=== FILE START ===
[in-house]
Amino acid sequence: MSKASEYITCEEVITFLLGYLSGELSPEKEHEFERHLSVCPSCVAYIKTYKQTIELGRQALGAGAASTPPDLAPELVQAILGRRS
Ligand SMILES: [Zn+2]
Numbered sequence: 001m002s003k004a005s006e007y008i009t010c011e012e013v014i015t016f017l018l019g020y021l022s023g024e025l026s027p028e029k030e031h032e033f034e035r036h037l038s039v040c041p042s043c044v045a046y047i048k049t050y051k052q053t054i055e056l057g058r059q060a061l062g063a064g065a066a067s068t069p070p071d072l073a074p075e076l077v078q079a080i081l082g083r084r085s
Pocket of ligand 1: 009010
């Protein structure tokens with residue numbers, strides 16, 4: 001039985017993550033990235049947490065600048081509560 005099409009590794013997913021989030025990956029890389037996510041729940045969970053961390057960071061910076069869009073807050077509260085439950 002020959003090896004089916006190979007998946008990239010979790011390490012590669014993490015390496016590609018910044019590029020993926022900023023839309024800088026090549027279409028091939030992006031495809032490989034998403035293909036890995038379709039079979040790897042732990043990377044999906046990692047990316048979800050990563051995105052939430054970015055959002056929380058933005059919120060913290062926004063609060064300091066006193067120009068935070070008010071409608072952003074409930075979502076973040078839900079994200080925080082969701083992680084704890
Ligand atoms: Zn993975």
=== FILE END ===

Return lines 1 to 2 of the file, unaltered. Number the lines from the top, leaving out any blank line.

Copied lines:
[in-house]
Amino acid sequence: MSKASEYITCEEVITFLLGYLSGELSPEKEHEFERHLSVCPSCVAYIKTYKQTIELGRQALGAGAASTPPDLAPELVQAILGRRS